unemployment numbers Labor Department

WASHINGTON, Nov 1 (Reuters) - The number of Americans filing new claims for unemployment benefits fell last week, a sign the labor market's slow recovery was gaining traction.

Initial claims for state unemployment benefits dropped 9,000 to a seasonally adjusted 363,000, the Labor Department said on Thursday. That was below the median forecast in a Reuters poll of 370,000.

An analyst from the department said New Jersey and Washington, D.C., did not turn in data due to the mammoth storm Sandy, which hit the Northeast earlier this week. The Labor Department estimated results for the state and for the nation's capital.

Economists have said the storm could lead to volatility in jobless claims over the coming weeks.

There were no signs the storm had any impact on last week's data, the Labor Department analyst said.

The four-week moving average for jobless claims, which smooths out volatility, dropped 1,500 to a 367,250. Economists generally think a reading below 400,000 points to an increase in employment.

The country's weak labor market has dominated its presidential campaign and Friday's employment report will give the last jobless rate before Tuesday's election. Polls show a very tight race between President Barack Obama and Republican challenger Mitt Romney.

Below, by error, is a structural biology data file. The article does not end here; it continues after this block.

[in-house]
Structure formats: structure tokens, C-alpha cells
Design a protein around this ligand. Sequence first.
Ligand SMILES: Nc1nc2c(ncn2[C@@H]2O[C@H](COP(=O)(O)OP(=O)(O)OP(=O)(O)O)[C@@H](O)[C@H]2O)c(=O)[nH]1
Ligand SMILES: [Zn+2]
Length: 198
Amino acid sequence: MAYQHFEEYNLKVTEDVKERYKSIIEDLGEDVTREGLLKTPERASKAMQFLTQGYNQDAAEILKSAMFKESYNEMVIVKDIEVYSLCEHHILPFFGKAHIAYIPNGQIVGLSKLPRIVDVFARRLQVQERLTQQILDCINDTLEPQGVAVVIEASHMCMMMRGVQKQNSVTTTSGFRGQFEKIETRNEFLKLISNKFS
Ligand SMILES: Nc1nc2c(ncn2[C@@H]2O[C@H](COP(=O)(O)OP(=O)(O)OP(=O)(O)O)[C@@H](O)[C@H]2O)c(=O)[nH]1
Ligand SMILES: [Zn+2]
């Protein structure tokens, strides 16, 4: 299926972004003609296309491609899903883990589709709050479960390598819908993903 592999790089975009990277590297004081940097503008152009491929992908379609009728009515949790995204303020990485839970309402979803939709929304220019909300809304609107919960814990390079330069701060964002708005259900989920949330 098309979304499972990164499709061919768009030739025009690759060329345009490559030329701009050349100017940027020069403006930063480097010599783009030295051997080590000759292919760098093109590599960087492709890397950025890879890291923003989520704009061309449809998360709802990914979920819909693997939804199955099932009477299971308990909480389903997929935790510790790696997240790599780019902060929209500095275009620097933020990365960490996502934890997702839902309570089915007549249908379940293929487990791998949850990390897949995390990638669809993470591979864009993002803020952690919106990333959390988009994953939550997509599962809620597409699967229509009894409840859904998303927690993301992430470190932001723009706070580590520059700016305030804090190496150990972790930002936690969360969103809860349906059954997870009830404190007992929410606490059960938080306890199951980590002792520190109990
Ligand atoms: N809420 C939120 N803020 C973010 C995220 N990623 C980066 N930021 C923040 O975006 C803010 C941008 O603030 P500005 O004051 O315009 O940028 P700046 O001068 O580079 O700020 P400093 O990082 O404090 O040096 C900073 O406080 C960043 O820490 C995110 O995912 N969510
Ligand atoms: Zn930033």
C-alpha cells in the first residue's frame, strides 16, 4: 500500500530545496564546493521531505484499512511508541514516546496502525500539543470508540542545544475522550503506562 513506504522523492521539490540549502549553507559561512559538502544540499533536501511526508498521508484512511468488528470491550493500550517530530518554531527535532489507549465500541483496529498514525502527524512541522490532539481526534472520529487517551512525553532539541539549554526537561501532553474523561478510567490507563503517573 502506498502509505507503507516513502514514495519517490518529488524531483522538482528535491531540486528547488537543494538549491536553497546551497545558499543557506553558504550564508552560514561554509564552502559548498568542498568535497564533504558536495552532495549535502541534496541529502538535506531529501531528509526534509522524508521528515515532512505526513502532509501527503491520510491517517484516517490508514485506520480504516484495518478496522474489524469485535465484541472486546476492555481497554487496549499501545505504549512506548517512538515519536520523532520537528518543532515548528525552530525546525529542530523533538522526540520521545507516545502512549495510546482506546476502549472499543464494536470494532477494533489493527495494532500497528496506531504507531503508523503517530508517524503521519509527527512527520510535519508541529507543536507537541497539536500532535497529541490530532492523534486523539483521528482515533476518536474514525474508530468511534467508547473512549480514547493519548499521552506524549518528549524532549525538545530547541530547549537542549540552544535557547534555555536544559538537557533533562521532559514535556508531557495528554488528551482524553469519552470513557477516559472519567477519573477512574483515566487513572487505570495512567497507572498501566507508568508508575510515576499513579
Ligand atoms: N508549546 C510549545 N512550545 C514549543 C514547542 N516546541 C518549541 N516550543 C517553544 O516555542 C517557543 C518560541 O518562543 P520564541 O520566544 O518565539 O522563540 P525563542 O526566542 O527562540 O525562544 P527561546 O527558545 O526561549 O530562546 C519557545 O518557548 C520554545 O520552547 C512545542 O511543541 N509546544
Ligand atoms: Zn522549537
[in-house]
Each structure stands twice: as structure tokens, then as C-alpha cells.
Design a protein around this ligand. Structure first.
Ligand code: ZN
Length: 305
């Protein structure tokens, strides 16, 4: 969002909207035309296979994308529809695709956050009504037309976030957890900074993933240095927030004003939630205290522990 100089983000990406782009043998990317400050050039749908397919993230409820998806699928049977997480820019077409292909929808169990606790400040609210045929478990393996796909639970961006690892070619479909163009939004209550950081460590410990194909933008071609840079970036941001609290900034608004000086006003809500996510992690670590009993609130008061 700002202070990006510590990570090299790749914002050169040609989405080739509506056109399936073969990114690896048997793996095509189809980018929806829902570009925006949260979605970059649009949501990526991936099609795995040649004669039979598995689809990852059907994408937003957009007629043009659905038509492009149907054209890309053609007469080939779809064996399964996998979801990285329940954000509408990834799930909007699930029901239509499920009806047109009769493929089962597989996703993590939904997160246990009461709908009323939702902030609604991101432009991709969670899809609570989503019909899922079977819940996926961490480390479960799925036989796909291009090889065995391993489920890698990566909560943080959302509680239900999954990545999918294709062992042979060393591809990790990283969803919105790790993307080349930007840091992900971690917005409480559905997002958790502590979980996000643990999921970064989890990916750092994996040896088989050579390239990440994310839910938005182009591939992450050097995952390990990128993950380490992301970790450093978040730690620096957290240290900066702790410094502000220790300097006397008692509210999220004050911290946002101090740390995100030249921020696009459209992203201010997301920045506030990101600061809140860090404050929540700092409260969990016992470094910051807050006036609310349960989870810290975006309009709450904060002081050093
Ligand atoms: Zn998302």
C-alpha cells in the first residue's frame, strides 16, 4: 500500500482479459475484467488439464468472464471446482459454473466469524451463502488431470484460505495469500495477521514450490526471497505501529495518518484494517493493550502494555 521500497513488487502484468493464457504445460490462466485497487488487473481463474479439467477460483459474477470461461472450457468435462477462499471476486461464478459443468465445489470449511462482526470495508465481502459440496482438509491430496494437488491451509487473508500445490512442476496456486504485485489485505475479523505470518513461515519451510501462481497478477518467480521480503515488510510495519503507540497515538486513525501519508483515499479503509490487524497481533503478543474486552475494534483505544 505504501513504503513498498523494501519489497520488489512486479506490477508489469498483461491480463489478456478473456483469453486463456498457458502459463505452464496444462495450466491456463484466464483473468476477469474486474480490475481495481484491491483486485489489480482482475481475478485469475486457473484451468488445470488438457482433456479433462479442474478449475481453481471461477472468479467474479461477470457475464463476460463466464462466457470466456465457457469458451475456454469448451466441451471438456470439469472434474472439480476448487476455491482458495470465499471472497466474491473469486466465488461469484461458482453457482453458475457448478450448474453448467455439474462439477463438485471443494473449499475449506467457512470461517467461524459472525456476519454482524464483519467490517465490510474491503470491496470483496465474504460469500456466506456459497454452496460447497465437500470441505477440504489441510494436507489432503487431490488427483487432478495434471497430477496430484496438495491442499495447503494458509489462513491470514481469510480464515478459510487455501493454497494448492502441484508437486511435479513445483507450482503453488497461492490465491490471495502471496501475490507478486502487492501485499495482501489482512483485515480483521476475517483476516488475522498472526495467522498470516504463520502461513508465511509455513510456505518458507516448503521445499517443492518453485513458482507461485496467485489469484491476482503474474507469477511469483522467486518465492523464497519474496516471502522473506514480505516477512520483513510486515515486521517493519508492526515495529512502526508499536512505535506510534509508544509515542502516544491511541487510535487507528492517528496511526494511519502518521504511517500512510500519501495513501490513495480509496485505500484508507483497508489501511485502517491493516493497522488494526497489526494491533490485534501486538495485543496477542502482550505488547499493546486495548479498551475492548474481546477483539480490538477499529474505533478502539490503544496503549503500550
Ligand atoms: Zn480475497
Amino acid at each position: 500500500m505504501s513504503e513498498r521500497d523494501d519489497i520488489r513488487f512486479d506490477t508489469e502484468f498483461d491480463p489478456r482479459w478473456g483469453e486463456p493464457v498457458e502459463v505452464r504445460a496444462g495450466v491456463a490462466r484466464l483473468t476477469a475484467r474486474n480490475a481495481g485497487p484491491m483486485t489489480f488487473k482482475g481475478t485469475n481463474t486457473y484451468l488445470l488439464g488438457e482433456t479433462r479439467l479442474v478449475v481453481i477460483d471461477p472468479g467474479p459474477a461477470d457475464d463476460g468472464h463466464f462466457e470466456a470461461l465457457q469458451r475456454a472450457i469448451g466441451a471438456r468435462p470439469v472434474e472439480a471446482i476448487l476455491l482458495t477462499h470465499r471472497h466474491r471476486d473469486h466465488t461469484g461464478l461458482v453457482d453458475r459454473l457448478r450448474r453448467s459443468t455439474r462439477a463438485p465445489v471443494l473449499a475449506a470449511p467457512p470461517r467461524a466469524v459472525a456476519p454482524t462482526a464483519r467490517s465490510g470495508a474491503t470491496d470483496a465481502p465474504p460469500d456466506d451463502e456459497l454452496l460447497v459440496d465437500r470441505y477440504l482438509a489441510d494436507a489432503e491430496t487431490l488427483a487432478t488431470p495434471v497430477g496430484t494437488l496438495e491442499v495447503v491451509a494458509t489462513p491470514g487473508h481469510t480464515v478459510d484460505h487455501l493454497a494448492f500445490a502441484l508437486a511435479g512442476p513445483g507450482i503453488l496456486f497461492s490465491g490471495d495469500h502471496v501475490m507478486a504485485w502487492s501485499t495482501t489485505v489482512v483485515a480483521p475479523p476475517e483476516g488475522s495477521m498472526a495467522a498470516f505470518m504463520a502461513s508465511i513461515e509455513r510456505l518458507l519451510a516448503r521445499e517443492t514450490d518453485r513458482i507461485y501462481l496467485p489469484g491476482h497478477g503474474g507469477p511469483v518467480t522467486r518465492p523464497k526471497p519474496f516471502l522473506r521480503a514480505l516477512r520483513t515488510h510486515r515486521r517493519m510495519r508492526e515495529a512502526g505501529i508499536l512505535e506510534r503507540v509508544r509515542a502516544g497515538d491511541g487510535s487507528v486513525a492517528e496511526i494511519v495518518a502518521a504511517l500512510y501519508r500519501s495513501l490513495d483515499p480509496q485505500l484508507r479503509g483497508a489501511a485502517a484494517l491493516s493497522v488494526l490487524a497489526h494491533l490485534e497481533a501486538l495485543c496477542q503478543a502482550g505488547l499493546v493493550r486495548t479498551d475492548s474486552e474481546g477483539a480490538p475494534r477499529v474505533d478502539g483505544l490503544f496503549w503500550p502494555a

The U.S. economy has recently shown some signs of health, with consumers spending more freely and home construction picking up. But business investment sank in the third quarter, a sign companies lack confidence in the strength of the economic recovery.

The prior week's estimate for jobless claims was revised slightly higher to show 3,000 more applications than previously reported.

Continuing claims for jobless benefits rose 4,000 in the week ended Oct. 20 to a seasonally adjusted 3.263 million, the Labor Department said.


Don't Miss: Companies Hiring Now



Looking for a job? Click here to get started.


Increase your money and finance knowledge from home

Goal Setting

Want to succeed? Then you need goals!

View Course »

Introduction to Preferred Shares

Learn the difference between preferred and common shares.

View Course »

Add a Comment

*0 / 3000 Character Maximum